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PEI awards new Climate and Energy Challenge projects, from the natural color-scape to the right words for climate change

June 29, 2020 ・ Morgan Kelly

Four new projects funded by the Climate and Energy Grand Challenge program will explore topics such as the environmental impact of turbulence from offshore wind turbines, the effect of climate change on the natural color-scape, the efficient production of jet…

Wild hummingbirds see a broad range of colors humans can only imagine

June 25, 2020 ・ Liz Fuller-Wright

To find food, dazzle mates, escape predators and navigate diverse terrain, birds rely on their excellent color vision. “Humans are color-blind compared to birds and many other animals,” said Mary Caswell Stoddard, an assistant professor of ecology and evolutionary biology…

Study on shorebirds suggests that when conserving species, not all land is equal

June 9, 2020 ・ Morgan Kelly

Princeton University researchers may have solved a long-standing mystery in conservation that could influence how natural lands are designated for the preservation of endangered species. Around the world, the migratory shorebirds that are a conspicuous feature of coastal habitats are…

Local climate unlikely to drive the early COVID-19 pandemic

May 18, 2020 ・ Morgan Kelly

Local variations in climate are not likely to dominate the first wave of the COVID-19 pandemic, according to a Princeton University study published May 18 in the journal Science. The researchers found that the vast number of people still vulnerable…

COVID-19′s silent spread: How symptomless transmission helps pathogens thrive

May 14, 2020 ・ Catherine Zandonella

COVID-19′s rapid spread throughout the world has been fueled in part by the virus’ ability to be transmitted by people who are not showing symptoms of infection. Now, a study by researchers at Princeton has found that this silent phase…

Sowing seeds of happiness: Emotional well-being while home gardening similar to other popular activities, study finds

May 10, 2020 ・ Morgan Kelly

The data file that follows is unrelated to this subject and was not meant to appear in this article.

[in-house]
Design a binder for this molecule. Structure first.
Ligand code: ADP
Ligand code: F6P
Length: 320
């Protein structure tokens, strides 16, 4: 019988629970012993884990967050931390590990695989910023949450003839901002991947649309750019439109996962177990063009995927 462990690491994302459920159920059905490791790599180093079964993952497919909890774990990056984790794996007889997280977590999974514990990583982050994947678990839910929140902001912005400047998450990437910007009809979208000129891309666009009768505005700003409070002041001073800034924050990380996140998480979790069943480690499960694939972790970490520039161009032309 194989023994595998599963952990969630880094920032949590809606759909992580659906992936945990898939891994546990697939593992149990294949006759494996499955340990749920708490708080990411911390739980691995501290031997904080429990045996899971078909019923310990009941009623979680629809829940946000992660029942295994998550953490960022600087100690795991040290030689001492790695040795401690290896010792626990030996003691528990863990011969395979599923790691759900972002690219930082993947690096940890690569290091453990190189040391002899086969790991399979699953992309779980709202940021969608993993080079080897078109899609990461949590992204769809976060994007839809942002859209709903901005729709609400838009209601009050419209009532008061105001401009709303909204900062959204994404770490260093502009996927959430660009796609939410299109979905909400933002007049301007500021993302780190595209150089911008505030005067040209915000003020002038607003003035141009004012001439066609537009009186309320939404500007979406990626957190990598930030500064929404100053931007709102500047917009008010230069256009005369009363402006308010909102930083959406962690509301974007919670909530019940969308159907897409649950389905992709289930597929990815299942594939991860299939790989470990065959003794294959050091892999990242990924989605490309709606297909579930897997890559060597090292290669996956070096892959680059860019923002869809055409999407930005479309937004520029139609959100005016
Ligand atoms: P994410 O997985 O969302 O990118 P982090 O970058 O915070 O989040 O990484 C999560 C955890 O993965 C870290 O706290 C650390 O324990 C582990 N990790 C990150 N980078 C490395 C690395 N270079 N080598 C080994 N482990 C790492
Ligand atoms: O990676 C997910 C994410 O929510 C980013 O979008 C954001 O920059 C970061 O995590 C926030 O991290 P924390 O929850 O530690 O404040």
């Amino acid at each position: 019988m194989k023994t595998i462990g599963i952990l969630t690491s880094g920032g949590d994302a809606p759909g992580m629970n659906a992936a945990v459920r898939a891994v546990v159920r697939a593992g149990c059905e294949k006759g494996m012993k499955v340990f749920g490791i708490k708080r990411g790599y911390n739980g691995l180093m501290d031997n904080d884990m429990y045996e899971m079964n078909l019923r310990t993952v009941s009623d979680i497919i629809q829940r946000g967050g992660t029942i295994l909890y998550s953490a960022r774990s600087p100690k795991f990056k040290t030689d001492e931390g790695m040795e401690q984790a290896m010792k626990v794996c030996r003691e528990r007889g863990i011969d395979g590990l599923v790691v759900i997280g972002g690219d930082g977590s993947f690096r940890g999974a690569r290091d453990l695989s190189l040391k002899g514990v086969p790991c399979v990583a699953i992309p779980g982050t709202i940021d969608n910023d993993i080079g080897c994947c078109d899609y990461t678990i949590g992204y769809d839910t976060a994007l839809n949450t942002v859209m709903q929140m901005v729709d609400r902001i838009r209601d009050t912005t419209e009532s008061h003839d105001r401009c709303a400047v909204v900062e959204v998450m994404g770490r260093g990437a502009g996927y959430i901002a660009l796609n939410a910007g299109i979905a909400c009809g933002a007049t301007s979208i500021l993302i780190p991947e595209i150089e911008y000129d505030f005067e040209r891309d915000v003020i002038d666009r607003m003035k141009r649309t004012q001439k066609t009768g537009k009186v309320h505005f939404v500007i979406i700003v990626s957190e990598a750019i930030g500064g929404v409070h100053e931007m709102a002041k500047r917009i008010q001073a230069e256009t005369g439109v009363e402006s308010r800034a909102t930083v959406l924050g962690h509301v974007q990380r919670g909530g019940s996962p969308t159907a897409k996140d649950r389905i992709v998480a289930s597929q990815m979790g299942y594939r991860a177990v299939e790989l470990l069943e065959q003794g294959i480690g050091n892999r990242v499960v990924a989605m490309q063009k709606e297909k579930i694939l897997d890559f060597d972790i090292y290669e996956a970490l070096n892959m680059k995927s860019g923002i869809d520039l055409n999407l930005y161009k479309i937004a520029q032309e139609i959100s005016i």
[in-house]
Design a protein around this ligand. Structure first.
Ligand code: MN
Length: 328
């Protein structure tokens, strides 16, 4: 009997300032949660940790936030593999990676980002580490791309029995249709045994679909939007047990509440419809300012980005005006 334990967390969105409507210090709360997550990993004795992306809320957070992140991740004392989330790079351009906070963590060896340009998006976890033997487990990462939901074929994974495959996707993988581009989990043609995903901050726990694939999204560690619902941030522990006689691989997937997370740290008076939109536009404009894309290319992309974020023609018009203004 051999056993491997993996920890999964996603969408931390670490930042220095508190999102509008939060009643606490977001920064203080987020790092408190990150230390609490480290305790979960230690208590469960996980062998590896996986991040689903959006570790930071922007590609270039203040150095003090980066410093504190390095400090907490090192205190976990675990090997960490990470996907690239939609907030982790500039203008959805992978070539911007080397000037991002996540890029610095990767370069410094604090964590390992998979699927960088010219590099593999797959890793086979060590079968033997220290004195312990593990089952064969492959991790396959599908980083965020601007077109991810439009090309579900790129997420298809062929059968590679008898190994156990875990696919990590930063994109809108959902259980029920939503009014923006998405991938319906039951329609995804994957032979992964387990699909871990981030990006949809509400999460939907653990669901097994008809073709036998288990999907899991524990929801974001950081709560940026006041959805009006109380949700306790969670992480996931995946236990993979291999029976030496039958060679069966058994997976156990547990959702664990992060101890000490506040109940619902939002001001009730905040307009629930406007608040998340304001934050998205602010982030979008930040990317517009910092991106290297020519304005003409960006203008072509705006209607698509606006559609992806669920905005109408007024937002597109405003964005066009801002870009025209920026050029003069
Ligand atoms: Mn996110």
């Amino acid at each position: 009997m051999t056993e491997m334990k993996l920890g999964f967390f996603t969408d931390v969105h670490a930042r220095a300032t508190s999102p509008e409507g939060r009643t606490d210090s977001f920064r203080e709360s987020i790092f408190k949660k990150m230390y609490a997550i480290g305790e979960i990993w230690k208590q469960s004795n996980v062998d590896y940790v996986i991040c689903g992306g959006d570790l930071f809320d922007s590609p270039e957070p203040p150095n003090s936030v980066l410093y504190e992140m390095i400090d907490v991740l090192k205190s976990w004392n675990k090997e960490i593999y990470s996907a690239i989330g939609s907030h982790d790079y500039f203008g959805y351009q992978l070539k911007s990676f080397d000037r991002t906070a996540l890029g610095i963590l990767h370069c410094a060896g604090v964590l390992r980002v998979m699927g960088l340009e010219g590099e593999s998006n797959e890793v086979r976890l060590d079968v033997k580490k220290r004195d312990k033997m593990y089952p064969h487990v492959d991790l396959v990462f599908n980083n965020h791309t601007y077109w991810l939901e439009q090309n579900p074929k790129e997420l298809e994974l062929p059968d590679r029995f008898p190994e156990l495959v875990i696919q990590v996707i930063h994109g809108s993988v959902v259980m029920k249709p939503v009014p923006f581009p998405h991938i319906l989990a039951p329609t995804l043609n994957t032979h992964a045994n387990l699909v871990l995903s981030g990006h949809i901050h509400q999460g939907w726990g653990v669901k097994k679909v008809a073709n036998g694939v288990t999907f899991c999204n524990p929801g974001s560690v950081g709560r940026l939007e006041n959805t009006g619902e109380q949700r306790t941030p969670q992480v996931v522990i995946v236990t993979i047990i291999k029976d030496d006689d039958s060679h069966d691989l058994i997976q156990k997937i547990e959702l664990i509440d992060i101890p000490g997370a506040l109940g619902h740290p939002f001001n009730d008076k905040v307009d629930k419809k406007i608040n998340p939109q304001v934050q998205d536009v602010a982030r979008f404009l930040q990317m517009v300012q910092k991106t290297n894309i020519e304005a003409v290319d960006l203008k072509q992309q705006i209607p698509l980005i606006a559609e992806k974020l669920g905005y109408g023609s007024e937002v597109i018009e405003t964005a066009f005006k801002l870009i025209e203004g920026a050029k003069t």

As civic leaders and urban planners work to make cities more sustainable and livable by investing in outdoor spaces and recreational activities such as biking and walking, Princeton researchers have identified the benefit of an activity largely overlooked by policymakers…

Levine receives prestigious Robert MacArthur ecological research award

April 17, 2020 ・ Liz Fuller-Wright

Jonathan Levine, a professor of ecology and evolutionary biology (EEB) and an associated faculty member in the Princeton Environmental Institute (PEI), is the 2020 recipient of the Ecological Society of America’s Robert H. MacArthur Award, the most prestigious mid-career accolade from…

Princeton researchers map rural U.S. counties most vulnerable to COVID-19

April 15, 2020 ・ Morgan Kelly

A county-by-county analysis of the United States by Princeton University researchers suggests that rural counties with high populations of people over 60 and limited access to health care facilities could eventually be among the hardest hit by the coronavirus pandemic…

Beyond your doorstep: What you buy and where you live shapes land-use footprint

March 23, 2020 ・ Joseph Albanese

In recent years, the attention of scientists and environmentalists has turned toward how population growth and urban expansion are driving habitat loss and an associated decline in ecosystem productivity and biodiversity. But the space people occupy directly is only one…